San Bernardino Peak, together with its twin peak, San Gorgonio Mountain, just five miles away and 900 feet higher, anchors the western-most end of the San Bernardino Mountains. At 10,649 feet (3246 meters), San Bernardino Peak is quite a landmark.
The standard route is via the San Bernardino Peak Trail starting at the Angelus Oaks trailhead. From Angelus Oaks trailhead (5,960') to the summit of San Bernardino Peak is 7.9 miles with 4700 feet of elevation gain. This trail takes you from deep pine forest to exposed manzanita slopes and visits the old Washington Monument survey point at 10,290 feet. In 1852, Colonel Henry Washington and his Army survey party were directed to erect a monument atop San Bernardino Peak. The monument was to be an east-west reference point from which all future surveys of Southern California would be taken.
The higher slopes of San Bernardino Peak are beautiful and rugged subalpine terrain. A number of trail camps along the way offer spring water and rest. The Angelus Oaks "San Bernardino Peak" trailhead is less visited than others at the edge of the San Gorgonio Wilderness, but still it receives a lot of use especially during summer weekends.
The San Bernardino Peak Trail from the Angelus Oaks trailhead (5,960') begins ascending through a mixed forest of pine, fir and oak, switchbacking up the wooded slope. You mount a ridge, walk along its crest for a brief distance, then continue climbing. You're welcomed into the San Gorgonio Wilderness by a wooden sign, 2 miles from the trailhead at about 7,000 feet. A bit beyond the wilderness boundary sign, the grade grows less steep.
As you climb above 8,000 feet, the Jeffrey pine becomes widely spaced. Shortly, the trail penetrates a manzanita-covered slope. Soon you'll arrive at the Manzanita Springs trail junction (at 8,240' and 4.3 miles from the trailhead), with trails coming from Johns Meadow and Columbine Springs. Columbine Springs (8,000') is 0.7 miles from the junction. After the junction, the trail ascends over slopes covered with manzanita and homely chinquapin. In 1.4 miles from the junction, it reaches Limber Pine Bench (at 9,360' and 5.7 miles from the trailhead). Another 1/4 mile up the trail is Limber Pine Springs, usually a dependable source of water.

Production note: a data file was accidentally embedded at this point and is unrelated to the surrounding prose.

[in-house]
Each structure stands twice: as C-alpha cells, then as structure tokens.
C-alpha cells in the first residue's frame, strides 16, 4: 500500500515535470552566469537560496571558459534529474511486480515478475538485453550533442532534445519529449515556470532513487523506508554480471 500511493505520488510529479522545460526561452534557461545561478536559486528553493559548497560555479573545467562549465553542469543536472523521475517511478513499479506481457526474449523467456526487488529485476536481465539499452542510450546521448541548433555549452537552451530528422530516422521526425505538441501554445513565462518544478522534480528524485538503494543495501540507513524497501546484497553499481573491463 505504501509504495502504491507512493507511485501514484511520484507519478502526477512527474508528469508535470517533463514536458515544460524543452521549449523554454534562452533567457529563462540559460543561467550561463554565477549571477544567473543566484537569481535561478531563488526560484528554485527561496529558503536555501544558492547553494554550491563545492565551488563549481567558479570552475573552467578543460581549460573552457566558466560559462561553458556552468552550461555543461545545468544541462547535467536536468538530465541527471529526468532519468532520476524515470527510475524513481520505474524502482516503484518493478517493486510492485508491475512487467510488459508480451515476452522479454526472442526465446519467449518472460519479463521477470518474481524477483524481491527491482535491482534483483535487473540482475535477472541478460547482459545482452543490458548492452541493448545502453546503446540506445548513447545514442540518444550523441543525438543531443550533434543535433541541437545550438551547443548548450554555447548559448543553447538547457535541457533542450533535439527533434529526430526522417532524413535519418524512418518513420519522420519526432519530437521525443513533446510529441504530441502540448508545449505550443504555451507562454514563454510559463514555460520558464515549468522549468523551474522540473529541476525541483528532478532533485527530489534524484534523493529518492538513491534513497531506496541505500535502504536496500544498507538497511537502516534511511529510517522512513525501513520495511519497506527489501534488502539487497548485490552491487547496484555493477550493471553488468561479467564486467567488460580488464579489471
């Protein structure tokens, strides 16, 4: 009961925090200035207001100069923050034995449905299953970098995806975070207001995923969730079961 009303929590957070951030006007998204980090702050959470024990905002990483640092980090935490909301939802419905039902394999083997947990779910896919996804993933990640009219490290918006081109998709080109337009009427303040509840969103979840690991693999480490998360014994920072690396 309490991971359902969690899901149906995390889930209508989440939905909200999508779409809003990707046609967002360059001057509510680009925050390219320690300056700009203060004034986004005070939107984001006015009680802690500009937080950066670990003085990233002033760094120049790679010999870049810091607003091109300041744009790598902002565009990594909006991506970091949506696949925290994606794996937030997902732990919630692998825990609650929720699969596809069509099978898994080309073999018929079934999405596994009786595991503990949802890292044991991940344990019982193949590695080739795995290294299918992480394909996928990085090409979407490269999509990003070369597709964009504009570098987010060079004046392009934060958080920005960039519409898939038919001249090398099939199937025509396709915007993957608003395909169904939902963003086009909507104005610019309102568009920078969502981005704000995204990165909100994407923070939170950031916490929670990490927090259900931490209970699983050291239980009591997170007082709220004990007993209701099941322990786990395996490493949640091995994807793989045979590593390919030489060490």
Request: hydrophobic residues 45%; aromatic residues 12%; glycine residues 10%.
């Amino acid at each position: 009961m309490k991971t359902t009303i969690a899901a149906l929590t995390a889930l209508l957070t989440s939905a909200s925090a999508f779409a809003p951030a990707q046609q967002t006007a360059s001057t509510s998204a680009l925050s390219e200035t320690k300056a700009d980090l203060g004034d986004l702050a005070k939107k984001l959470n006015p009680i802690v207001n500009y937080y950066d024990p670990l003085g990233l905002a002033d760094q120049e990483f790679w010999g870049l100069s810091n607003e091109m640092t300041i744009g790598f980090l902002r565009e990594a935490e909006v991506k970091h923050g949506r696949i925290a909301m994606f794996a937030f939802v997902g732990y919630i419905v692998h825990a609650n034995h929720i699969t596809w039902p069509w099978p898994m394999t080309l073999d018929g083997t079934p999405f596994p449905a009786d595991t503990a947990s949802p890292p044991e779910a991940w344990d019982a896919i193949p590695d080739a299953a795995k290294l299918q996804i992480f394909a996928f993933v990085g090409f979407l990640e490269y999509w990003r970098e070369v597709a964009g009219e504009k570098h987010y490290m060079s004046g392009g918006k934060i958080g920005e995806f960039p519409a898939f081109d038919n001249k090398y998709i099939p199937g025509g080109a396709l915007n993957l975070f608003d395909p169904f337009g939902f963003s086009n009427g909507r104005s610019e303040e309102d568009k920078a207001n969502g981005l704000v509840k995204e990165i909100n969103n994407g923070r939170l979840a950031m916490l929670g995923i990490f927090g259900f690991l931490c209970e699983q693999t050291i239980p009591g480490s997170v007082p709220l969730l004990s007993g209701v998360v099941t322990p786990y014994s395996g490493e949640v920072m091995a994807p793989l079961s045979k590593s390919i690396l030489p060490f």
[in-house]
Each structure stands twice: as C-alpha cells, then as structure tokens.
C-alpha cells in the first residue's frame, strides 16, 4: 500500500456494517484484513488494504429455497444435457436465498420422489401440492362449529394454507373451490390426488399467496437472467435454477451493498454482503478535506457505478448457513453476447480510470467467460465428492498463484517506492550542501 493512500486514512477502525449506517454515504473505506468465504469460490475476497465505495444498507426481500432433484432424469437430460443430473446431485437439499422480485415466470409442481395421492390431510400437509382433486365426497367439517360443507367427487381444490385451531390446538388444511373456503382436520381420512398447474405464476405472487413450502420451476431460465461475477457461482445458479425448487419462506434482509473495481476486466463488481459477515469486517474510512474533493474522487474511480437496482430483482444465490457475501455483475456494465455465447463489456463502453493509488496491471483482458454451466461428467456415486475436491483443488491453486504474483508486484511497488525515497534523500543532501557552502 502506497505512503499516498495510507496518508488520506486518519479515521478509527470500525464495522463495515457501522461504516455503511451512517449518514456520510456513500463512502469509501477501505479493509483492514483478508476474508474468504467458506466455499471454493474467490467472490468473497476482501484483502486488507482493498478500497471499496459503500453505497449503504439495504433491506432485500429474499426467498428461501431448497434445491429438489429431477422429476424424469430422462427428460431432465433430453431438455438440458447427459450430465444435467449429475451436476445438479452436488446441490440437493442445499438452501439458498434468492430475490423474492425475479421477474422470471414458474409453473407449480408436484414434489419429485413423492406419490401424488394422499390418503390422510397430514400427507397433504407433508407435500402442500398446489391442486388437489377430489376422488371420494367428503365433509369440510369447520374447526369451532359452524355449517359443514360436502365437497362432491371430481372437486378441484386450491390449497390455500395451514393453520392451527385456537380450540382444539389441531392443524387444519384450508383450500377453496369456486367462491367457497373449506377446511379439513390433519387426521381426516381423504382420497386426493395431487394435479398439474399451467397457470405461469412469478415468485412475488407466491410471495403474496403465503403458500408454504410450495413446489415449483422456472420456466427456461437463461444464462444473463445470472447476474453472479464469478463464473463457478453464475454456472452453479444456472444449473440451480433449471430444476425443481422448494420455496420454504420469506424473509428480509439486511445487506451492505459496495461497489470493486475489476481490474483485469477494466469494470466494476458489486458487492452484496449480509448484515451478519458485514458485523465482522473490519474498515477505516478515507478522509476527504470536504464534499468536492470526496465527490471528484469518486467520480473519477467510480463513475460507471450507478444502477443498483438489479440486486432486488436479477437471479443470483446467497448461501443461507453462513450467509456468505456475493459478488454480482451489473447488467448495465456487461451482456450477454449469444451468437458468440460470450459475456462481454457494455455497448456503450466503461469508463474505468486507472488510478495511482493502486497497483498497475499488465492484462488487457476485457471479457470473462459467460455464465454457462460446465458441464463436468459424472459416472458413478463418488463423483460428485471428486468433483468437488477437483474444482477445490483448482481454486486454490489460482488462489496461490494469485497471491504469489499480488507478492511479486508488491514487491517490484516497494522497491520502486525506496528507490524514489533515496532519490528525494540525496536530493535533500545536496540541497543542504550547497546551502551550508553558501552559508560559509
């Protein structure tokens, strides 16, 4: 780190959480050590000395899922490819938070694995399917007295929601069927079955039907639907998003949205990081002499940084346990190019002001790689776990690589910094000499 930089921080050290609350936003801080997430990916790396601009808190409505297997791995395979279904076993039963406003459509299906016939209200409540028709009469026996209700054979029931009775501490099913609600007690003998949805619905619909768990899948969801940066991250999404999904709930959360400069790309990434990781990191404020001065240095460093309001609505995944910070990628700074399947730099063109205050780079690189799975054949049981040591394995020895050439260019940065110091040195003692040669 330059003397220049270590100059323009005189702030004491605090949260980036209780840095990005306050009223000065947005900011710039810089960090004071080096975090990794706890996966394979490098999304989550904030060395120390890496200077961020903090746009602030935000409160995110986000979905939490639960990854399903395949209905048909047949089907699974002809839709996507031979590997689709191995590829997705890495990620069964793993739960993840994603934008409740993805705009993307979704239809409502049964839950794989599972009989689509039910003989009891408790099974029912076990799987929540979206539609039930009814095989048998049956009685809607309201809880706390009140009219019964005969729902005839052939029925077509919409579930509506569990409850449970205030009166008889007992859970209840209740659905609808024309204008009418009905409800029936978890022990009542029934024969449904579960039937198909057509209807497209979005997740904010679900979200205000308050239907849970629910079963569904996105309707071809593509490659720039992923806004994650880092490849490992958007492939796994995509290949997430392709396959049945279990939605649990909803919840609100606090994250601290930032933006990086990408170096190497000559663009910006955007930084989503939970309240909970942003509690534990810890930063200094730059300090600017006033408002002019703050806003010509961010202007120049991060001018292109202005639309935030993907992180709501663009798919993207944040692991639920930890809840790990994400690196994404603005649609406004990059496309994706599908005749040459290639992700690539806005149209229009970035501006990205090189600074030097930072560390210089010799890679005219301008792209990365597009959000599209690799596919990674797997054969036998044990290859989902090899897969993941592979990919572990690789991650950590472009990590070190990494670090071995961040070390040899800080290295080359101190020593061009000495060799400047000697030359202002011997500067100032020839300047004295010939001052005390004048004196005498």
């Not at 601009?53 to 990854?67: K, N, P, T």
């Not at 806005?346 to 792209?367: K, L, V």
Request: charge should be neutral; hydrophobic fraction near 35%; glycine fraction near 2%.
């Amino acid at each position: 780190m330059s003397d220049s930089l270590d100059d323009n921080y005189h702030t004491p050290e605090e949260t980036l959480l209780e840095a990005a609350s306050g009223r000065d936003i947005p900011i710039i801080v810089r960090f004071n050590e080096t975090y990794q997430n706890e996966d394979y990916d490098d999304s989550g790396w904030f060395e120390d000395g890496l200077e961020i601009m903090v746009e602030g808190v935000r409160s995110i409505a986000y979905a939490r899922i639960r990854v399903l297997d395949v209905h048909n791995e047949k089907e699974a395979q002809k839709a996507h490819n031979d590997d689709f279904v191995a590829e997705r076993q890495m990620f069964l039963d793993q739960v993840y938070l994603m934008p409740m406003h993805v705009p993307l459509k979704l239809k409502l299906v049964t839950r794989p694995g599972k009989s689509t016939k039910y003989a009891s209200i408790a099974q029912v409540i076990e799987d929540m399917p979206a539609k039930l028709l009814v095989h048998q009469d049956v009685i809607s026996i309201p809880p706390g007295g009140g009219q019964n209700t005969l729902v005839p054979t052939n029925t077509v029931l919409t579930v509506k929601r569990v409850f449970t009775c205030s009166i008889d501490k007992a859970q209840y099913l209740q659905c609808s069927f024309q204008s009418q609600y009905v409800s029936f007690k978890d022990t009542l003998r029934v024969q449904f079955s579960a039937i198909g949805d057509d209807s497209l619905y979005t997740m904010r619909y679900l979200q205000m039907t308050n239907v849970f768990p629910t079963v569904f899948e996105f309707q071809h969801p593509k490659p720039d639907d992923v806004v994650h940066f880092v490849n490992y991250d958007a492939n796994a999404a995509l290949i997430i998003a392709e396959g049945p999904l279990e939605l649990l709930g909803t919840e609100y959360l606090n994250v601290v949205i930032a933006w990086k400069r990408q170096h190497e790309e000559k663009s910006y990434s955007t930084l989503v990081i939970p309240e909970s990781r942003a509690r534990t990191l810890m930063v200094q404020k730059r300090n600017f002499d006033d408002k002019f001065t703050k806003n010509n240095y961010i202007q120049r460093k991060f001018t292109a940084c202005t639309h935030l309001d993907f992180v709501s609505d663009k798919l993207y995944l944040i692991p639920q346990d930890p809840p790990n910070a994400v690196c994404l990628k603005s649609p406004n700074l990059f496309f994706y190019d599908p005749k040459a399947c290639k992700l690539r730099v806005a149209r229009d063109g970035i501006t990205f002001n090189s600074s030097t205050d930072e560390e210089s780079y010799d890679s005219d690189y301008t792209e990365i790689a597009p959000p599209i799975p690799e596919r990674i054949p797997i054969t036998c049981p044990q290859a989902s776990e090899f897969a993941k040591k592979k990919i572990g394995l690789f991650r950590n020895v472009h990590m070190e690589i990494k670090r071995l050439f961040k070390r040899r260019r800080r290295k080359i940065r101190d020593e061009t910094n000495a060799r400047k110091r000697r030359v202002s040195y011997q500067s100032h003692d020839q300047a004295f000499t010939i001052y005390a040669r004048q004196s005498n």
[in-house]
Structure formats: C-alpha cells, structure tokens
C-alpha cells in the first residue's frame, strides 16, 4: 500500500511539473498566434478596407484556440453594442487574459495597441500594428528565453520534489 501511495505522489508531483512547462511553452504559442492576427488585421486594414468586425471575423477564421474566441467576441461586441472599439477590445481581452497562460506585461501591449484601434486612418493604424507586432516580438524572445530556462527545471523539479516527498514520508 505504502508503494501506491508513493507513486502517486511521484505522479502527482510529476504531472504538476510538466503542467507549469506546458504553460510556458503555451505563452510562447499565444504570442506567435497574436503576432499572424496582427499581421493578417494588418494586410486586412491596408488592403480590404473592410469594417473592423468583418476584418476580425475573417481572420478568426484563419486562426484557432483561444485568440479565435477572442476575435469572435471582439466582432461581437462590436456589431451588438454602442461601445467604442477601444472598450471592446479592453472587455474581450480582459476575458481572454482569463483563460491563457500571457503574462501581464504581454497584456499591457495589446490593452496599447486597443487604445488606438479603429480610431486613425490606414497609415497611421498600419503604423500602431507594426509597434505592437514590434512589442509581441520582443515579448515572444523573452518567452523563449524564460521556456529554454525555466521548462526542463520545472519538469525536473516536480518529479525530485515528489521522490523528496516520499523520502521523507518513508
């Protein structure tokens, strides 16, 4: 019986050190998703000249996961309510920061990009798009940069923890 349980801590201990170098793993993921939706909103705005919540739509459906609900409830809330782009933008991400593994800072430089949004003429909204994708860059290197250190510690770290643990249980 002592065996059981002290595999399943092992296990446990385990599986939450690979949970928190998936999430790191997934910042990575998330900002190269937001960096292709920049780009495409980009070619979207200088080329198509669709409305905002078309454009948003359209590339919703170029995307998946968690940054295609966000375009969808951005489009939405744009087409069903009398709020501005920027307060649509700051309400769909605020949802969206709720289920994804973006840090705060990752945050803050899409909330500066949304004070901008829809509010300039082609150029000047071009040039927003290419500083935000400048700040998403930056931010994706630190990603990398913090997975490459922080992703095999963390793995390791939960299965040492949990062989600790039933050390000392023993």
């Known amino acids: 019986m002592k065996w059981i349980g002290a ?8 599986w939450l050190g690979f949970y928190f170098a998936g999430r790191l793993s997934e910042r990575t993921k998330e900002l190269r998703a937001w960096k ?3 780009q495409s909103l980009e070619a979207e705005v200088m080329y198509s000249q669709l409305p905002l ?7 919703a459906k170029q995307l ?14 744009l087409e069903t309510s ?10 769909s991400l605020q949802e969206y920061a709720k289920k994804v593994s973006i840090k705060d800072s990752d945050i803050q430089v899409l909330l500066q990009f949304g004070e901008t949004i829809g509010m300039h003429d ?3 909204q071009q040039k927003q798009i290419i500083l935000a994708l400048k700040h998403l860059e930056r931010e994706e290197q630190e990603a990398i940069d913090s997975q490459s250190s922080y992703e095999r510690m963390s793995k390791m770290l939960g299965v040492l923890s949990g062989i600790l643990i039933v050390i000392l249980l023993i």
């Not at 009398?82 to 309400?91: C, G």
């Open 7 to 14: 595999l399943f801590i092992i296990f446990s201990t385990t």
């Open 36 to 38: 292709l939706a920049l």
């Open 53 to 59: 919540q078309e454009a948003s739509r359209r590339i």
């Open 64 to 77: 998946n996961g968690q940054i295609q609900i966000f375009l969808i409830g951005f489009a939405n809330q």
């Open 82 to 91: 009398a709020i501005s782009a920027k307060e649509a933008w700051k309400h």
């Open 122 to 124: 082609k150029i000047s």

Then, the trail begins a long traverse south, switchbacking up to Camp Washington, a trail camp with plenty of views but nothing to drink. One-hundred yards from the trail is Washington Monument (10,290'), which looks like little more than a pile of rock rubble. Finally, the trail climbs another 1/2 mile, where it intersects a brief side trail that takes you to the summit of San Bernardino Peak (10,649').
For day use a permit is required on any of the trails in the San Gorgonio Wilderness. These are free and self-issued. If camping overnite anywhere within the San Gorgonio Wilderness a permit is also required. These permits can be obtained at the San Bernardino National Forest Mill Creek Ranger Station in Mentone, 34701 Mill Creek Road. You can also request via fax at (909) 794-1125. The Barton Flats Visitor Center on Hwy 38 and the Fawnskin Ranger Station in Big Bear can also issue these permits.
In addition to the wilderness permits a National Forest Adventure Pass is required for each vehicle that is parked at any trailhead. Fees are $5.00 a day or $30.00 for an annual pass. These can be obtained from any of the ranger stations or from many of the local merchants.